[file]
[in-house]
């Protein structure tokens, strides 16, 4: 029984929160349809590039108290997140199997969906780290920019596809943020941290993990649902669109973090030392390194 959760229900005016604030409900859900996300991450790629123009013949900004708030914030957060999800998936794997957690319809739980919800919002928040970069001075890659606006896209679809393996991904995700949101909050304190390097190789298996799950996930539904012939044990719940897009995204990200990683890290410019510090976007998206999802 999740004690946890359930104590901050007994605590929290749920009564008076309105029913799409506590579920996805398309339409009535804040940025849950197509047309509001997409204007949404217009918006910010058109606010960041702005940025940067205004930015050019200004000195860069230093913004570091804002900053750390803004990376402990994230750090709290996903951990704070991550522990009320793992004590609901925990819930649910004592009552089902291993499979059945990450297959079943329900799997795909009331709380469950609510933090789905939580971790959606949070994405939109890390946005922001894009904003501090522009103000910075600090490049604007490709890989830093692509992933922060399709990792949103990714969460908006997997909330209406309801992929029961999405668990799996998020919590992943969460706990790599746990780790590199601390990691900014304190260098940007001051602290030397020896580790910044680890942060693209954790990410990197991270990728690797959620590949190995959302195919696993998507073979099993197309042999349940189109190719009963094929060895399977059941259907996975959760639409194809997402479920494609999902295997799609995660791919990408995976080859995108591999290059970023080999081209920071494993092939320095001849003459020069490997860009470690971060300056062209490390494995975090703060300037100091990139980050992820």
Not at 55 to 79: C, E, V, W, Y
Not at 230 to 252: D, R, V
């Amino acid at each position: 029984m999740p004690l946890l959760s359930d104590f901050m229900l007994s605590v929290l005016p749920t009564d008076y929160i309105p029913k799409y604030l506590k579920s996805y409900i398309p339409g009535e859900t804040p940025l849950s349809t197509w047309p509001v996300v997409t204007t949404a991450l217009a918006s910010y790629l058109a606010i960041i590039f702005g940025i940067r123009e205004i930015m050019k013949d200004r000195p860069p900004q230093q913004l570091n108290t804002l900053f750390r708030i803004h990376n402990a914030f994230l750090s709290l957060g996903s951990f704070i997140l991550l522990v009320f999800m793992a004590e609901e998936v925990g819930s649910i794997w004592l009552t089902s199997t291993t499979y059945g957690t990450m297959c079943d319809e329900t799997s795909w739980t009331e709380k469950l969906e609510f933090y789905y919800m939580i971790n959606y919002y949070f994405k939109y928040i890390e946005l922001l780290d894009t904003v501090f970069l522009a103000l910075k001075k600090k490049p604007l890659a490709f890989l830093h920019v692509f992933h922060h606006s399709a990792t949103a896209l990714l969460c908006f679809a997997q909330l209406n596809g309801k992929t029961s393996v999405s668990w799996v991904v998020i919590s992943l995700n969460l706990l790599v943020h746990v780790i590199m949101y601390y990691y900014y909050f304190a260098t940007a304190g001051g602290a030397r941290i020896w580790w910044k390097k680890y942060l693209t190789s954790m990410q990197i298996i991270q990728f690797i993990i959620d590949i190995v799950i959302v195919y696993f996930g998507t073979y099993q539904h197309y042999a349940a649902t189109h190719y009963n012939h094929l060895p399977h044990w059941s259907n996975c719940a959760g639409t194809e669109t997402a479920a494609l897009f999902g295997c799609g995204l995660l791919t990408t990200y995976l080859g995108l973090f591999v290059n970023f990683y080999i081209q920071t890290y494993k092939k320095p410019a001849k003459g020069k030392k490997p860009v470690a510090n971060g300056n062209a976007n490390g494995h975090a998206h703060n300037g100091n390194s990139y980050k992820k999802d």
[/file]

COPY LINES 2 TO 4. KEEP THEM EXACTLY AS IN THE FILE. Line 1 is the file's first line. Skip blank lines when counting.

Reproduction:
């Protein structure tokens, strides 16, 4: 029984929160349809590039108290997140199997969906780290920019596809943020941290993990649902669109973090030392390194 959760229900005016604030409900859900996300991450790629123009013949900004708030914030957060999800998936794997957690319809739980919800919002928040970069001075890659606006896209679809393996991904995700949101909050304190390097190789298996799950996930539904012939044990719940897009995204990200990683890290410019510090976007998206999802 999740004690946890359930104590901050007994605590929290749920009564008076309105029913799409506590579920996805398309339409009535804040940025849950197509047309509001997409204007949404217009918006910010058109606010960041702005940025940067205004930015050019200004000195860069230093913004570091804002900053750390803004990376402990994230750090709290996903951990704070991550522990009320793992004590609901925990819930649910004592009552089902291993499979059945990450297959079943329900799997795909009331709380469950609510933090789905939580971790959606949070994405939109890390946005922001894009904003501090522009103000910075600090490049604007490709890989830093692509992933922060399709990792949103990714969460908006997997909330209406309801992929029961999405668990799996998020919590992943969460706990790599746990780790590199601390990691900014304190260098940007001051602290030397020896580790910044680890942060693209954790990410990197991270990728690797959620590949190995959302195919696993998507073979099993197309042999349940189109190719009963094929060895399977059941259907996975959760639409194809997402479920494609999902295997799609995660791919990408995976080859995108591999290059970023080999081209920071494993092939320095001849003459020069490997860009470690971060300056062209490390494995975090703060300037100091990139980050992820």
Not at 55 to 79: C, E, V, W, Y
Not at 230 to 252: D, R, V